Why I Fly A CJ-3

Most Citation CJ-3 owners love their airplanes for flying the typical mission, but Jim Pugh flew his around the world.

Two years ago, Jim Pugh, chairman of Epoch Properties Inc., took three pilot friends on a round-the-world tour in his Cessna CJ-3.

Over the course of 19 stops and 40 days, the group saw the Sphinx and Pyramids in Egypt, the Parthenon in Athens, the Taj Mahal in India, and a plethora of other architectural wonders and heritage sites -- in addition to having a great flying and travel adventure.

For most people, the trip would have been the adventure of a lifetime. But there's a fair amount of competition for that honor in Pugh's life. He has climbed many of the highest peaks in the world, including Denali, Kilimanjaro and Aconcagua. He has sailed a 51-foot sailboat around the world (189 days on the water, in three separate legs, over the course of six years). And oh, yeah. He was an Army Ranger, Special Forces commander and infantry captain.

How did flying make its way into that mix?

"Well, I started [Epoch Properties] 39 years ago, and my partner was a former Navy pilot." Pugh pauses, then laughs. "Actually, all our senior executives were pilots. We kind of recruited adventurous types."

Pugh got his license 38 years ago and bought a Piper Arrow. But the Arrow soon gave way to a line of Cessna products so numerous that Pugh has trouble keeping the exact timeline straight.

"It was a different time then, with insurance, so I hardly had my license before I was flying twin-engines," he says.

A Cessna 421 gave way to a Cessna 340, which gave way to a Cessna 425. Then, in the mid-1990s, he upgraded to a used CJ-1. He liked the CJ-1. But in addition to his main base in Orlando, Florida, Pugh has a home in Aspen, Colorado, and Aspen was beyond the range of the CJ-1. So in 2007, Pugh bought a new CJ-3. He couldn't be happier with his purchase.

"I can't fault it at all," he says of the CJ-3. "Mechanically, it's been virtually flawless. No problems at all. It's also a very powerful aircraft. Coming out of Orlando Executive Airport, you can't get above 1,500 feet for a ways because of the International Airport. And you have to really pull back on the power quickly to keep it under that ceiling."

The CJ isn't the most fuel-efficient mode of transportation on the planet -- Pugh says he estimates that it gets about four miles to the gallon. But he adds, "Some RVs don't get much more than that."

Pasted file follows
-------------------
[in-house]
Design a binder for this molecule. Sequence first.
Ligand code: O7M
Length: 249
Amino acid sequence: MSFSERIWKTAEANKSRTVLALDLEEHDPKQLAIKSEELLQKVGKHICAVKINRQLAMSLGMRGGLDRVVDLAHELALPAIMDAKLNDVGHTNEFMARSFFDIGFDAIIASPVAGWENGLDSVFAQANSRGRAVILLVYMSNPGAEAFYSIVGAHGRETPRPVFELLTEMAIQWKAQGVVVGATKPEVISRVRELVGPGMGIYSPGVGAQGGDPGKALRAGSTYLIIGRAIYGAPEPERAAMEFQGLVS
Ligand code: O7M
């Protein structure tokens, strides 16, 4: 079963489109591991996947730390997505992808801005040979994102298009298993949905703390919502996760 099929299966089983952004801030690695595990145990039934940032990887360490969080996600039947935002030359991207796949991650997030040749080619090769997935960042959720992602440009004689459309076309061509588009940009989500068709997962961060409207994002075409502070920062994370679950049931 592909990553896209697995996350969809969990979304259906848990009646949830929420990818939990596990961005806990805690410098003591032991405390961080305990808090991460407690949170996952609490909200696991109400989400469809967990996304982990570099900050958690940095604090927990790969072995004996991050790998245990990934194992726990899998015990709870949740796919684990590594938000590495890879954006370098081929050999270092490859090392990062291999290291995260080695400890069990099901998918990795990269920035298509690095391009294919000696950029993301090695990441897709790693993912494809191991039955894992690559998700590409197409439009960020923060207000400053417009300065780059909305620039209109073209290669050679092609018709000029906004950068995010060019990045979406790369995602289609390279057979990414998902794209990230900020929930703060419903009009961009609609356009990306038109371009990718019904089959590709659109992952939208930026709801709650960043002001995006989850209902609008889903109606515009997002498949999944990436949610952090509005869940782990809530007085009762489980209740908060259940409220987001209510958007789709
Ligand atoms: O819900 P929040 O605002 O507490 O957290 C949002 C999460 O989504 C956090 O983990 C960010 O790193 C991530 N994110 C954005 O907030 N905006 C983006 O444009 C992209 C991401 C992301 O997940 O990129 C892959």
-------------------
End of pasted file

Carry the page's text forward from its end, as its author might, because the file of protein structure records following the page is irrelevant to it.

He also says that the CJ-3 is "probably the simplest plane to fly ever made" because of the array of information available to a pilot, the stable longer wing and the "absolutely flawless" autopilot.

"With a smaller plane, you're really flying the plane. With this plane," he says, "you kind of aim it where you want to go, and it goes there."

Pugh, who has about 5,000 hours of flight time, puts approximately 135 hours a year on the CJ-3 -- about two-thirds for business and one-third for recreational purposes. And while he doesn't make his living from flying the plane, he considers himself a professional pilot.

"There are a lot of people like me who fly and train just like 'professional' pilots, and we consider ourselves professional pilots," he says, noting that until recently, the NBAA "didn't have any committees to address that."

As for what gave Pugh the idea of taking a world tour in the CJ-3, he says, simply, "I'm kind of an adventurer. I'd sailed around the world, so I figured I should fly around the world."

He and his friends enlisted the aid of Universal Weather and Aviation to help with planning and ground logistics in the different countries, and Pugh rates Universal's support as "wonderful."

Were there any glitches along the way? Some low ceilings and icing in the northern latitudes. But Pugh notes, "the CJ-3 goes to 45,000 feet, so we could go over most of the weather."

The toughest weather challenge turned out to be Beijing, where the smog was so bad that Pugh says they "didn't see the runway until we were over it."

The highlight of the trip? Pugh can't list one, but he says landing in Hanoi, so many years after fighting on the other side as a captain in the U.S. Army, was "very cool, for me. You never got over that they were the enemy, so we had some trepidation. But then you see and think, wow, these people are nice, after all.

"We spent 2½ days there, and Hanoi is really a beautiful city," Pugh says. "I loved it. It's got a French influence, so it's got these grand boulevards, and they're beautiful. We even went to the prison where John McCain was incarcerated. You can go inside it. I found it really interesting that they've preserved all that."

What's next? In terms of airplanes, Pugh is pretty happy with the CJ-3. "All airplanes are compromises among price, range, speed and how many occupants you want to carry," he says. "But for what we do now, business and recreation, [the CJ-3] is fine."

In terms of adventure, however, Pugh is far from finished.

"I have a friend of mine, one of my old climbing friends, who called recently and wanted to go to Peru and walk the Inca Trail," he says with a laugh.

Peru may or may not turn out to be the next challenge on Pugh's list. But one way or another, the sure thing is that there will be a "next."

"We all, as pilots, have a little spirit of adventure about us," Pugh says. "And I think if you live your life so that every year, or every few months, you have something you're working toward, or you're planning for, or a trip, or something you want to do -- there's an enthusiasm for life that keeps you vital."